bims-camemi Biomed News
on Mitochondrial metabolism in cancer
Issue of 2021‒04‒25
forty-two papers selected by
Christian Frezza
University of Cambridge, MRC Cancer Unit


  1. Proc Natl Acad Sci U S A. 2021 Apr 27. pii: e2019665118. [Epub ahead of print]118(17):
      Mitochondrial disease is a debilitating condition with a diverse genetic etiology. Here, we report that TMEM126A, a protein that is mutated in patients with autosomal-recessive optic atrophy, participates directly in the assembly of mitochondrial complex I. Using a combination of genome editing, interaction studies, and quantitative proteomics, we find that loss of TMEM126A results in an isolated complex I deficiency and that TMEM126A interacts with a number of complex I subunits and assembly factors. Pulse-labeling interaction studies reveal that TMEM126A associates with the newly synthesized mitochondrial DNA (mtDNA)-encoded ND4 subunit of complex I. Our findings indicate that TMEM126A is involved in the assembly of the ND4 distal membrane module of complex I. In addition, we find that the function of TMEM126A is distinct from its paralogue TMEM126B, which acts in assembly of the ND2-module of complex I.
    Keywords:  complex I; membrane protein; mitochondria; optic atrophy; oxidative phosphorylation
    DOI:  https://doi.org/10.1073/pnas.2019665118
  2. Biol Cell. 2021 Apr 18.
      Mitochondria are organelles involved in various functions related to cellular metabolism and homeostasis. Though mitochondria contain own genome, their nuclear counterparts encode most of the different mitochondrial proteins. These are synthesized as precursors in the cytosol and have to be delivered into the mitochondria. These organelles hence have elaborate machineries for the import of precursor proteins from cytosol. The protein import machineries present in both mitochondrial membrane and aqueous compartments show great variability in pre-protein recognition, translocation and sorting across or into it. Mitochondrial protein import machineries also interact transiently with other protein complexes of the respiratory chain or those involved in the maintenance of membrane architecture. Hence mitochondrial protein translocation is an indispensable part of the regulatory network that maintains protein biogenesis, bioenergetics, membrane dynamics and quality control of the organelle. Various stress conditions and diseases that are associated with mitochondrial import defects lead to changes in cellular transcriptomic and proteomic profiles. Dysfunction in mitochondrial protein import also causes over-accumulation of precursor proteins and their aggregation in the cytosol. Multiple pathways may be activated for buffering these harmful consequences. Here we present a comprehensive picture of import machinery and its role in cellular quality control in response to defective mitochondrial import. We also discuss the pathological consequences of dysfunctional mitochondrial protein import in neurodegeneration and cancer. This article is protected by copyright. All rights reserved.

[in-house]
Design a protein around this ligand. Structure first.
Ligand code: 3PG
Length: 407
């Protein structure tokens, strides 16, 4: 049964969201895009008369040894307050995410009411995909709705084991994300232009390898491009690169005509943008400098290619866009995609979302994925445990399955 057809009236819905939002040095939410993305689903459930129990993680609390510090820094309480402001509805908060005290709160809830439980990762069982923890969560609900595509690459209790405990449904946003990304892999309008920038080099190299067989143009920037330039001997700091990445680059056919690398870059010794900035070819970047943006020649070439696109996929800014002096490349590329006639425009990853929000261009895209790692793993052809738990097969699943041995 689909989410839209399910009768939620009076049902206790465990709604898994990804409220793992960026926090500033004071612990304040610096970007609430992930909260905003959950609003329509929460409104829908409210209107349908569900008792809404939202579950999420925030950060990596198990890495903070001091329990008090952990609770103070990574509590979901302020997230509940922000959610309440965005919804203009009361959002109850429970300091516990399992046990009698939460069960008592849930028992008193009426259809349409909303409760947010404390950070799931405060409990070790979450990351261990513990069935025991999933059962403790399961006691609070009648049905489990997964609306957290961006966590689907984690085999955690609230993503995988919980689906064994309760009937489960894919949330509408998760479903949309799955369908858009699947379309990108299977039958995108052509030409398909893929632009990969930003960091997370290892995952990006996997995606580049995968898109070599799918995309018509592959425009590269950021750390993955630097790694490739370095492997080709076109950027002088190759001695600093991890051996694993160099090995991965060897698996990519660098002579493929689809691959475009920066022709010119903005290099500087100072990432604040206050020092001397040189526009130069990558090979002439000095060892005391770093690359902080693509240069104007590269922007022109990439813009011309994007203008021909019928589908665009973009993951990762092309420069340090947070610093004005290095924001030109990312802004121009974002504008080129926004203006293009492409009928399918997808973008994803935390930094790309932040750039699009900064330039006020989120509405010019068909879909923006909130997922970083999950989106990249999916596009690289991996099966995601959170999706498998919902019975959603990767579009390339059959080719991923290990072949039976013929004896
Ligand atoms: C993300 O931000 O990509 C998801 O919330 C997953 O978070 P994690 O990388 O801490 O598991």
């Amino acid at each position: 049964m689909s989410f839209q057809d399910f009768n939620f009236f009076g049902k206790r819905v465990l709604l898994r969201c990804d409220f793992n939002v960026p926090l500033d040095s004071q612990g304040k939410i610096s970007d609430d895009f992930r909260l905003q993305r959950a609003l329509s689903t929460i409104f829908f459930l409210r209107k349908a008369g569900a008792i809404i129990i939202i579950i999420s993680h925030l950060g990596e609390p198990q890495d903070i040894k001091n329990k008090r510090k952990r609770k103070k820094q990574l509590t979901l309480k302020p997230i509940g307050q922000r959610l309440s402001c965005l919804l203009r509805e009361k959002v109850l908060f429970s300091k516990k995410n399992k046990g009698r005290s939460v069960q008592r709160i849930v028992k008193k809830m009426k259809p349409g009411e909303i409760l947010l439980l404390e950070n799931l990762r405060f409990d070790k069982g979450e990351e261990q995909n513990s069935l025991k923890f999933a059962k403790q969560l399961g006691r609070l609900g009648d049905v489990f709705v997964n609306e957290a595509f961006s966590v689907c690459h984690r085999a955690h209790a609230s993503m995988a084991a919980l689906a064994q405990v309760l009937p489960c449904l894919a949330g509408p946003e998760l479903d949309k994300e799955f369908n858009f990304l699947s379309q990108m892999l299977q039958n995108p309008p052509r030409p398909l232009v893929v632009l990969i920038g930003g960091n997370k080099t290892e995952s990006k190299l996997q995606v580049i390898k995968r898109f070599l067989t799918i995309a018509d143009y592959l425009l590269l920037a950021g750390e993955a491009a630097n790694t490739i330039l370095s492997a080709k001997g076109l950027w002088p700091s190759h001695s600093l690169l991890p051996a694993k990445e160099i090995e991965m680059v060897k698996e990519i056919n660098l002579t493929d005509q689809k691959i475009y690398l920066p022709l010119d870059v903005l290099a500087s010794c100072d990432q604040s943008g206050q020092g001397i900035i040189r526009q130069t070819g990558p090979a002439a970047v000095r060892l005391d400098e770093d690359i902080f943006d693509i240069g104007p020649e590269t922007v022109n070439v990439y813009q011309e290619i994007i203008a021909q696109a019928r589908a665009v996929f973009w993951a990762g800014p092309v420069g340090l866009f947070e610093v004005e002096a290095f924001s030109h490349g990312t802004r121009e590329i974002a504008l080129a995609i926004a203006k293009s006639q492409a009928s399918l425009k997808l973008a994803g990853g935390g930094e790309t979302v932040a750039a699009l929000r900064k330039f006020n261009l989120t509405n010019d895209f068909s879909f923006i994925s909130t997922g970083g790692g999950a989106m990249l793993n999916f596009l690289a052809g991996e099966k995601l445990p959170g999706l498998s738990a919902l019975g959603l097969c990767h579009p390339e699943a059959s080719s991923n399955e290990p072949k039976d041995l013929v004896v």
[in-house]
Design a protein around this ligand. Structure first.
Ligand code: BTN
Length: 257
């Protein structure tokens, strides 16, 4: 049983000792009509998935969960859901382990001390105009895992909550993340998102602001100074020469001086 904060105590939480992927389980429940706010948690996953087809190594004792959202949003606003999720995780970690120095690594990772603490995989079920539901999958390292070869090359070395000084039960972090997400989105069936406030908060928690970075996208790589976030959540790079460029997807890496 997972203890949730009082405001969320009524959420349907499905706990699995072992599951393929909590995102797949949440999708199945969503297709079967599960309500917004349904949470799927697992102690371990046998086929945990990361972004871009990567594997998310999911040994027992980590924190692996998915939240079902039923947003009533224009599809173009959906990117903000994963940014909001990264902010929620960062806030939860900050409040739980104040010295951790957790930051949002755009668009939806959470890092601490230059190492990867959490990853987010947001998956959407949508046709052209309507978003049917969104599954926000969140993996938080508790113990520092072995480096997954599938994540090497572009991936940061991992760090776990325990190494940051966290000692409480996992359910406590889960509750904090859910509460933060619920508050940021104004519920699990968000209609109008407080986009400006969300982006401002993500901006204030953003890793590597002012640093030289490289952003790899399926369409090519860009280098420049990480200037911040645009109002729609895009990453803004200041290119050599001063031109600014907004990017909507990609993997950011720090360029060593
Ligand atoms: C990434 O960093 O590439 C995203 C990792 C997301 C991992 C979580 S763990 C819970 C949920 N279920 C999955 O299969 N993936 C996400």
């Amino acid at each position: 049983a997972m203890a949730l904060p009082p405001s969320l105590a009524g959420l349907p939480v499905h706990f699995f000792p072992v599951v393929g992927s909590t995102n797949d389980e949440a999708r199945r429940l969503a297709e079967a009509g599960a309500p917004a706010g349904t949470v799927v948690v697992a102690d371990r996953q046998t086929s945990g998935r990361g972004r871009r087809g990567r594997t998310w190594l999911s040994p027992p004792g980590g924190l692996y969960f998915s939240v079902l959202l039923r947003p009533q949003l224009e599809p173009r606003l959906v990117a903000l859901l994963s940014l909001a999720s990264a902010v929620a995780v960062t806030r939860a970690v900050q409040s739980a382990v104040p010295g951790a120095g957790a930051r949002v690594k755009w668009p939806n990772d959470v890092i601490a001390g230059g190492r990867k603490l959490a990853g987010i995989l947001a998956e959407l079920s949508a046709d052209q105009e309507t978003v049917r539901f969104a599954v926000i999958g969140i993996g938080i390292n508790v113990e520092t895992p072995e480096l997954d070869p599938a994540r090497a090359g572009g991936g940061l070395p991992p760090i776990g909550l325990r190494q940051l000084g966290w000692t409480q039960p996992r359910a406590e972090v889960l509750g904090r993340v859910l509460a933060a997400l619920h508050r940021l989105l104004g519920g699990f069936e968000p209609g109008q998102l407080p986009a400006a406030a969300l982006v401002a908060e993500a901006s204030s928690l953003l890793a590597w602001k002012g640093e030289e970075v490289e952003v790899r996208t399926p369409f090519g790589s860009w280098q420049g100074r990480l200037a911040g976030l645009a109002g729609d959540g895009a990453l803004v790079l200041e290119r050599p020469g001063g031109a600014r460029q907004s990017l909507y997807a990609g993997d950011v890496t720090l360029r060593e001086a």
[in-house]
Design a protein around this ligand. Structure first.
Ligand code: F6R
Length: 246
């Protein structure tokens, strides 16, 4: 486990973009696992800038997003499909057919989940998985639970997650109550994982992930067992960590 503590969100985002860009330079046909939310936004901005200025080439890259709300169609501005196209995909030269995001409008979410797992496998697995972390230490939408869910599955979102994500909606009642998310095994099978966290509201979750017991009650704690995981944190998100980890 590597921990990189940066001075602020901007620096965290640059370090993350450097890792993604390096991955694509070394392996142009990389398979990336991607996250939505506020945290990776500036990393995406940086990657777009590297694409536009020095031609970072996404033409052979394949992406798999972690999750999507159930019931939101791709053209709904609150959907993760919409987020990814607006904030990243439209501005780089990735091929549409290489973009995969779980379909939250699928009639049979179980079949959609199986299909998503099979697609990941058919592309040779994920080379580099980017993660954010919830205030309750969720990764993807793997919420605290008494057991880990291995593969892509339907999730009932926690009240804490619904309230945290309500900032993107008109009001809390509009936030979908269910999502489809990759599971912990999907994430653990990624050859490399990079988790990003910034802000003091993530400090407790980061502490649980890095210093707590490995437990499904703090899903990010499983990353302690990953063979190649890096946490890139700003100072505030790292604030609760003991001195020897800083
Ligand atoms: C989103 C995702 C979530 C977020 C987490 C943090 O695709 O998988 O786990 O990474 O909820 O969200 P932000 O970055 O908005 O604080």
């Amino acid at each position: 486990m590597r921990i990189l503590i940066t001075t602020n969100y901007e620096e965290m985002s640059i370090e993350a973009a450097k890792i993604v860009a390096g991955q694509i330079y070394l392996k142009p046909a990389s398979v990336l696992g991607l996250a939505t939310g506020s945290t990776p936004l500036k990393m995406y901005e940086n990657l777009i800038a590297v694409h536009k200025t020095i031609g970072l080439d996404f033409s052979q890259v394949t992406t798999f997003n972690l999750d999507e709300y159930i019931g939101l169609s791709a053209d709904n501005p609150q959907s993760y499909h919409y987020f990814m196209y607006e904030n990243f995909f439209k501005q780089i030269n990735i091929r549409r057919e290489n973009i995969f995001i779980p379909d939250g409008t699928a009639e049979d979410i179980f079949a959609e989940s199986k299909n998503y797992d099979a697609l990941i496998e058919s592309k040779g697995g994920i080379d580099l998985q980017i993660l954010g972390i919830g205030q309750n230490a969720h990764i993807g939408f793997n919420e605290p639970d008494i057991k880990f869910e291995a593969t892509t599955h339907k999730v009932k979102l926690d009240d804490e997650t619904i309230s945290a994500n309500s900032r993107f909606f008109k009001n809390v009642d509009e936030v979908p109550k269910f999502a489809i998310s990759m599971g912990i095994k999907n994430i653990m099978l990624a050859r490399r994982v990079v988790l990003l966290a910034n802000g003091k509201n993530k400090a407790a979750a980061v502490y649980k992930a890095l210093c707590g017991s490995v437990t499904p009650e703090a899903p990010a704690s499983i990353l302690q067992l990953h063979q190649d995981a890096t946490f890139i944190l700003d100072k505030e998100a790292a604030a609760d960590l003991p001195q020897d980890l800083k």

Keywords:  Intracellular compartmentalization; Mitochondria; Protein degradation/proteases
    DOI:  https://doi.org/10.1111/boc.202100002
  3. Science. 2021 Apr 22. pii: eabd5491. [Epub ahead of print]
      The coenzyme nicotinamide adenine dinucleotide phosphate (NADP+) and its reduced form (NADPH) regulate reductive metabolism in a subcellularly compartmentalized manner. Mitochondrial NADP(H) production depends on the phosphorylation of NAD(H) by NAD kinase 2 (NADK2). Deletion of NADK2 in human cell lines did not alter mitochondrial folate pathway activity, tricarboxylic acid cycle activity, or mitochondrial oxidative stress, but led to impaired cell proliferation in minimal medium. This growth defect was rescued by proline supplementation. NADK2-mediated mitochondrial NADP(H) generation was required for the reduction of glutamate and hence proline biosynthesis. Furthermore, mitochondrial NADP(H) availability determined the production of collagen proteins by cells of mesenchymal lineage. Thus, a primary function of the mitochondrial NADP(H) pool is to support proline biosynthesis for use in cytosolic protein synthesis.
    DOI:  https://doi.org/10.1126/science.abd5491